Dodgers Dugout: The good and the troubling from the first half of the season
Hi, and welcome to another edition of Dodgers Dugout. My name is Houston Mitchell and I’m wondering why no one is worrying about the Home Run Derby jinxing Aaron Judge.
Looking back at the first half
The All-Star break is over, with the Dodgers playing Friday. Let’s take a look at the first half, labeling items either good or troubling.
The Dodgers are 61-29 and on pace to win 110 games, which would be a franchise record. They lead the NL West by 7-1/2 games.
The emergence of Cody Bellinger, who is the clear favorite for Rookie of the Year and leads the team with 25 homers and 58 RBIs.
The continued excellence of Corey Seager, who is hitting .298/.395/.502 and could become only the seventh L.A. Dodger to qualify for the batting title and hit at least .300/.400/.500.
Justin Turner, who is hitting .377/.473/.583 and could join Seager in that elite club, could also become the first Dodger to win the batting title since Tommy Davis in 1963.
Chris Taylor, who has started at least 15 games at three different positions, has given the team unexpected offense with 18 doubles and 10 homers to go along with a team-leading 11 stolen bases.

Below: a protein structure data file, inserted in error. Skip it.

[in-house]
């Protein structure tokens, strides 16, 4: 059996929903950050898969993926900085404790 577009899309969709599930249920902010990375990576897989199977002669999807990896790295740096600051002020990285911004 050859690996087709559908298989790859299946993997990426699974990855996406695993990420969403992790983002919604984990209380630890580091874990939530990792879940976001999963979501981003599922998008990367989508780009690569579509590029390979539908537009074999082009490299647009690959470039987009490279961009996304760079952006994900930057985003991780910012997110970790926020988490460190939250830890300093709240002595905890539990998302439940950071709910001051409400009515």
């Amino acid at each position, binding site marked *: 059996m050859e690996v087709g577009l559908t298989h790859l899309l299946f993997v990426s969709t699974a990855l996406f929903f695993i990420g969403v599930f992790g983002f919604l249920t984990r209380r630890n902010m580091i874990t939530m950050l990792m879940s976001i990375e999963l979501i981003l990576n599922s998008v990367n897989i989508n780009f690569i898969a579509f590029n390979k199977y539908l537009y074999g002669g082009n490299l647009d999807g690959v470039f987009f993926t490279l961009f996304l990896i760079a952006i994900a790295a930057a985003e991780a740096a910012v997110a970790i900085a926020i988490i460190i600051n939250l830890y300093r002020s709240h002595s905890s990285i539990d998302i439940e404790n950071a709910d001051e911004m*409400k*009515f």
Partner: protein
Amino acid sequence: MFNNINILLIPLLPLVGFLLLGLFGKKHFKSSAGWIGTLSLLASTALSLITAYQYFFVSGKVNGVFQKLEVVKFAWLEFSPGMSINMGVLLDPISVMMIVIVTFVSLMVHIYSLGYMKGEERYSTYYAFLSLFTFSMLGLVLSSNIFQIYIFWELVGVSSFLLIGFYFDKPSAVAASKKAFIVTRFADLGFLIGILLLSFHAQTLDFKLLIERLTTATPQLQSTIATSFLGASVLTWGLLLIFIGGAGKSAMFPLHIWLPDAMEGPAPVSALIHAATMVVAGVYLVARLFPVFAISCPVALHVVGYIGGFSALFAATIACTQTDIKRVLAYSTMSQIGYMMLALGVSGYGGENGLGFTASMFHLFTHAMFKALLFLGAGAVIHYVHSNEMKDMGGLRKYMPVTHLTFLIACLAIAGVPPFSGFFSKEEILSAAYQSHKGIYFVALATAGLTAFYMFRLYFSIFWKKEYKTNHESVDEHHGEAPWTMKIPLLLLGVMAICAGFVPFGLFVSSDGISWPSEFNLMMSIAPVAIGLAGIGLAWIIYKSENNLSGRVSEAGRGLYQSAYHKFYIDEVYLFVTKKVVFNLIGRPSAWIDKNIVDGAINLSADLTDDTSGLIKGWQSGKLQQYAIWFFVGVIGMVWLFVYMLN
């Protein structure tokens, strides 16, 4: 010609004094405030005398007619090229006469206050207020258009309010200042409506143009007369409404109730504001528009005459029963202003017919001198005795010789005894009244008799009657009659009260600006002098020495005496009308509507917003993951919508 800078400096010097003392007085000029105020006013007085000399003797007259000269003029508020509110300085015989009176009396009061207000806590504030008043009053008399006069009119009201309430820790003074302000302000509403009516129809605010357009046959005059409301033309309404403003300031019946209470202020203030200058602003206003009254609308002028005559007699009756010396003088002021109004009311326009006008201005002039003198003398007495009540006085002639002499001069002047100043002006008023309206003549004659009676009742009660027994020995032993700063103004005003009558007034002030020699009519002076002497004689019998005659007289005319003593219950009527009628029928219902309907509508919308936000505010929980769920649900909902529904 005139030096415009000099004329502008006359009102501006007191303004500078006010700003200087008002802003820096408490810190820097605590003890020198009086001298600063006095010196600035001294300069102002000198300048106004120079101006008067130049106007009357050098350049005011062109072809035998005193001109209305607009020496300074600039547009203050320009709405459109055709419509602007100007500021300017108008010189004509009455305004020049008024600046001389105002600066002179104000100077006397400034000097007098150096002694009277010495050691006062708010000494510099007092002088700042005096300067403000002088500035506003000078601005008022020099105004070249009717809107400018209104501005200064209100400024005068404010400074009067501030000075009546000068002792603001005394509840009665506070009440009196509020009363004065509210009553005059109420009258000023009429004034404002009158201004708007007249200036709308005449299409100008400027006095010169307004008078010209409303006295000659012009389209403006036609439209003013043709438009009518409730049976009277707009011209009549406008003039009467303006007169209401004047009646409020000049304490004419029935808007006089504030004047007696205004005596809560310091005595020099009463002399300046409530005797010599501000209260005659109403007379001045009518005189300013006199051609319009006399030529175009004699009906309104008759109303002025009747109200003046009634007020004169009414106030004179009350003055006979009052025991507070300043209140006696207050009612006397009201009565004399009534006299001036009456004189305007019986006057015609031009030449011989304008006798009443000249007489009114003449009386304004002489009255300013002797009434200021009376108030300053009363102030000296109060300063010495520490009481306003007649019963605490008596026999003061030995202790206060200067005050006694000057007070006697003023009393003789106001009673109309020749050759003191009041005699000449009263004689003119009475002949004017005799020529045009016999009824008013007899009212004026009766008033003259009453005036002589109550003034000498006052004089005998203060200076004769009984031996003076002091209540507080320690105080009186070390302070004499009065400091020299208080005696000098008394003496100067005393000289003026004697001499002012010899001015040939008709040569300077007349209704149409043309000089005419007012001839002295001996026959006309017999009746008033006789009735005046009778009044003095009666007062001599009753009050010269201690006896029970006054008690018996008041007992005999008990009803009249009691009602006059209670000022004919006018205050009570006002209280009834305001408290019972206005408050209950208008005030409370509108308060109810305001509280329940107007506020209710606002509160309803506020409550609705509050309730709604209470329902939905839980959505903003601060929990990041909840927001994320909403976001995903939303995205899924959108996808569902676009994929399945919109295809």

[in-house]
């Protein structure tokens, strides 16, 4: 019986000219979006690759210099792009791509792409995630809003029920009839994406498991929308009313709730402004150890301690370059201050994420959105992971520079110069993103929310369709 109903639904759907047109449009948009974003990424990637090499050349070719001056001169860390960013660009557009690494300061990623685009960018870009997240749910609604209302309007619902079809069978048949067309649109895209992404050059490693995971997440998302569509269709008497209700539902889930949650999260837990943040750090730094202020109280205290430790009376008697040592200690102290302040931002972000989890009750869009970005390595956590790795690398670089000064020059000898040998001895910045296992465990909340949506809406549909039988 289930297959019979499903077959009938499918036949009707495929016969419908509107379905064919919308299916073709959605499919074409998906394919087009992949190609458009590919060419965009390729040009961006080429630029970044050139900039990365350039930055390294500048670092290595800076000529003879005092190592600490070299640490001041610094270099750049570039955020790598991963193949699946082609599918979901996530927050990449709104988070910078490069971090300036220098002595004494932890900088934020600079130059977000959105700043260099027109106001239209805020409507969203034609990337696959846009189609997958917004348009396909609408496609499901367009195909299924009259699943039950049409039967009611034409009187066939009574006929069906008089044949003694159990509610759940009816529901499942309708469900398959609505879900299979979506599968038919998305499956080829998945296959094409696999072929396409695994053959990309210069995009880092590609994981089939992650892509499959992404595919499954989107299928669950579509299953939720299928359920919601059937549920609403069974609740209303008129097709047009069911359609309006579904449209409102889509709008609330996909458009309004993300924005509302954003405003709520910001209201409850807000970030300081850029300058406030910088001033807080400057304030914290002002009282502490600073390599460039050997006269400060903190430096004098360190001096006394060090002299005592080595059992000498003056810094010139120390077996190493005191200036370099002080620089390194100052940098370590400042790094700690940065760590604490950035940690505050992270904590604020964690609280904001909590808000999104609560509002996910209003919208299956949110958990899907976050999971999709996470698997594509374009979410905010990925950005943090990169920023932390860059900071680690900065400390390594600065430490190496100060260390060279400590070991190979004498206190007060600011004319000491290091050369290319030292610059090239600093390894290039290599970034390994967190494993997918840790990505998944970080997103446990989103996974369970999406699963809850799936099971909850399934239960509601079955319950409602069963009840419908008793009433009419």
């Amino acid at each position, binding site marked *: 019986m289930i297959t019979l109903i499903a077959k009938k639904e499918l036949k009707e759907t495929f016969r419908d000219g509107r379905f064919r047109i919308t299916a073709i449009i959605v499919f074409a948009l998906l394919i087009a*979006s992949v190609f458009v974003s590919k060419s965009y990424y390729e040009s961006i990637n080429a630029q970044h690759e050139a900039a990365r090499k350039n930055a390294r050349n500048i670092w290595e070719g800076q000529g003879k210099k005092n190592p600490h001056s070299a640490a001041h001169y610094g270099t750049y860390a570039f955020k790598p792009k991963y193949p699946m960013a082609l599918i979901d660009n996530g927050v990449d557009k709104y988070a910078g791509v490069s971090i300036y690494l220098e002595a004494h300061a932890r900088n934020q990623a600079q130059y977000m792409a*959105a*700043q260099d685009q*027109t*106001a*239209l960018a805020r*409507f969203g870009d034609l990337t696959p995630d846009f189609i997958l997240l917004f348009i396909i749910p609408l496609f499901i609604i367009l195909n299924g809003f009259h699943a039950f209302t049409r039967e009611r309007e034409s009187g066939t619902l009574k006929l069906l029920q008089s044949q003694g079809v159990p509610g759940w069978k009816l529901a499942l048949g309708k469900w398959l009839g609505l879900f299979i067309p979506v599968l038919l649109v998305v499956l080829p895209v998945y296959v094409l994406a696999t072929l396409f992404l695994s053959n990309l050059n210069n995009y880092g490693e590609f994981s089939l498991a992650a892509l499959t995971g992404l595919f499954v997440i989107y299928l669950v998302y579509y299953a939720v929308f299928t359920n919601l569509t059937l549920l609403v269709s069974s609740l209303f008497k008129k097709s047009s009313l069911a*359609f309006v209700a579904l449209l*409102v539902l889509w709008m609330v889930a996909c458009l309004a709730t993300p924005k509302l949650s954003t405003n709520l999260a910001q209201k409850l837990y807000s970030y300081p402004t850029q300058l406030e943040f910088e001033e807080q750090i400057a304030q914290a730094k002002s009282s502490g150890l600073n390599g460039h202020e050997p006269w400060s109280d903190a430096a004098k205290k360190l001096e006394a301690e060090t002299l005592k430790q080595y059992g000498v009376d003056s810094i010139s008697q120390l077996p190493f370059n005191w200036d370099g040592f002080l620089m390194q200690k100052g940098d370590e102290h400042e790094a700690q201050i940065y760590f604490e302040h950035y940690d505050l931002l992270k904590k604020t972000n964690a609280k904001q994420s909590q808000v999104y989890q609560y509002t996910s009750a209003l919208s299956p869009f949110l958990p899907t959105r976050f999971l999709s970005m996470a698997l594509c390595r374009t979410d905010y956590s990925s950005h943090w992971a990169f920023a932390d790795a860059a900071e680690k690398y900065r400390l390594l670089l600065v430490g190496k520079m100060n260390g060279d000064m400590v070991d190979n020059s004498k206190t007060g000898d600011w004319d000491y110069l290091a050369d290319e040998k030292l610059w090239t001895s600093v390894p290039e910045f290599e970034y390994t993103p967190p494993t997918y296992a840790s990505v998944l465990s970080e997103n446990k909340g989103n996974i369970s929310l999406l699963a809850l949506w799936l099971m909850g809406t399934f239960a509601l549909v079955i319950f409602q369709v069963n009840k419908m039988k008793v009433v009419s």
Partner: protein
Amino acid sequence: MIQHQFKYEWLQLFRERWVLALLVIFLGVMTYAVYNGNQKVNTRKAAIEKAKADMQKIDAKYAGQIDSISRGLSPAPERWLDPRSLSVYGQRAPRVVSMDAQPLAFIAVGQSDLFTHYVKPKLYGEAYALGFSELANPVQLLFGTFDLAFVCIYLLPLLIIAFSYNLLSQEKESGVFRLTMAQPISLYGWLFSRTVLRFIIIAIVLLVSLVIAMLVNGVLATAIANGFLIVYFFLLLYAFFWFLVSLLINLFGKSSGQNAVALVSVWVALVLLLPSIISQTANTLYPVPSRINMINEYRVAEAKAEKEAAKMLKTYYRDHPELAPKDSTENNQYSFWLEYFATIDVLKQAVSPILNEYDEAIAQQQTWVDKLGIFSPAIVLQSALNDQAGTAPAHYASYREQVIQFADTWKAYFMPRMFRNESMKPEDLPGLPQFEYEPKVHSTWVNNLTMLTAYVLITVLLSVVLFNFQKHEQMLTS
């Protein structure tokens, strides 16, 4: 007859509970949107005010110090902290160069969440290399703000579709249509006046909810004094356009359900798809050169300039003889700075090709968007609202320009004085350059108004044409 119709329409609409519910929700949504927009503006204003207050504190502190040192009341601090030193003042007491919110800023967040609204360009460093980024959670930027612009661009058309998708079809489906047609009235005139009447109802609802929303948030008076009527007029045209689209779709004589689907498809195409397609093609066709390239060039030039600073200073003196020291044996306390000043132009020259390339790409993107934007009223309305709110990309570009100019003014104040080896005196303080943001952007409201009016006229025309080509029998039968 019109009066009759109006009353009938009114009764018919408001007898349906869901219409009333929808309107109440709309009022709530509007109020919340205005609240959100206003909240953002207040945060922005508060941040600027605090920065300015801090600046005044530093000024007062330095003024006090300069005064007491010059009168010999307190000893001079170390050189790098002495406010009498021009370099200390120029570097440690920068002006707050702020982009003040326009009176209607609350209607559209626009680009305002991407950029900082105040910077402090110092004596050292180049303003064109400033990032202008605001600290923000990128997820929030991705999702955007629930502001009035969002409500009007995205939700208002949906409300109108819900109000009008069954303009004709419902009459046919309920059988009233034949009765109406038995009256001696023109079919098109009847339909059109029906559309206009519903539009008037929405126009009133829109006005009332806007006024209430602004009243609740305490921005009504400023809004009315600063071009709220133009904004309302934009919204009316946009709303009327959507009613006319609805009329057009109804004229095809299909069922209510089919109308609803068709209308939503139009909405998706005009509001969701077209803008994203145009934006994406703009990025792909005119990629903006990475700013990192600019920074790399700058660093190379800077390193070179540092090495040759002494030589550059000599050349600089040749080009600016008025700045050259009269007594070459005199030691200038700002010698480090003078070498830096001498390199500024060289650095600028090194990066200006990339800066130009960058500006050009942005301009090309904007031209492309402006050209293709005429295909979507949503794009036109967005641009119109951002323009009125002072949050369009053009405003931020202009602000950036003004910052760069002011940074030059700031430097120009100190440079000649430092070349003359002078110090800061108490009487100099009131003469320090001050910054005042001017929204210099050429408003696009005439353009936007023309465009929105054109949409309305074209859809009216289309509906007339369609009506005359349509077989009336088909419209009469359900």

Enrique Hernandez, who may only have 40 hits this season, but 27 of them are for extra bases.
Austin Barnes, who has made everyone forget about A.J. Ellis.
Chase Utley, who followed up a disastrous April, when he hit only .122, but hitting .253/.354/.455 since then with his usual leadership on the field and in the dugout.
Clayton Kershaw, who is 14-2 with a 2.18 ERA, an 0.877 WHIP and 159 strikeouts in 132-1/3 innings. But some will try and tell you what a down year he is having.
Alex Wood, who is 10-0 with a 1.67 ERA and has become the No. 2 starter the team needed.
Brandon McCarthy, who after a horrible first two seasons with the team, has become a solid starter.
Kenley Jansen, who continues to prove why he is the best closer in baseball, with an ERA below one and an amazing 50 strikeouts and just two walks in 37-2/3 innings.
Pedro Baez, who has finally become a reliable setup man for Jansen, and seems to have defeated his problems pitching with runners on base. This season, there have been 14 runners on base when Baez has come into games. Only one of those has scored.
The bullpen overall, which not only leads the NL in ERA but is second in percentage of inherited runners who have scored, which is as important as ERA.
Dieter Ruehle, who is the best stadium organist the Dodgers have ever had (and they have had some good ones).
Joe Davis and Orel Hershiser, who have made the loss of Vin Scully more bearable.
The horrible TV situation, which leaves 70% of Dodgers fans without a way to watch the team. Could that be why I see tons of little kids wearing Mike Trout jerseys at Angel Stadium, but comparatively fewer little kids at Dodger Stadium?
The decline of Adrian Gonzalez, who probably won’t be back until mid-August, and when he did play hit .255/.304/.339 with an OPS+ of 71 and looked a lot older than 35.
Chris Hatcher is still on the team, though he is on the DL.
The inconsistency of Kenta Maeda, Hyun-jin Ryu and Rich Hill, causing some clever use of the 10-day disabled list.
The poor pitching by Sergio Romo, who has a 6.12 ERA at the break.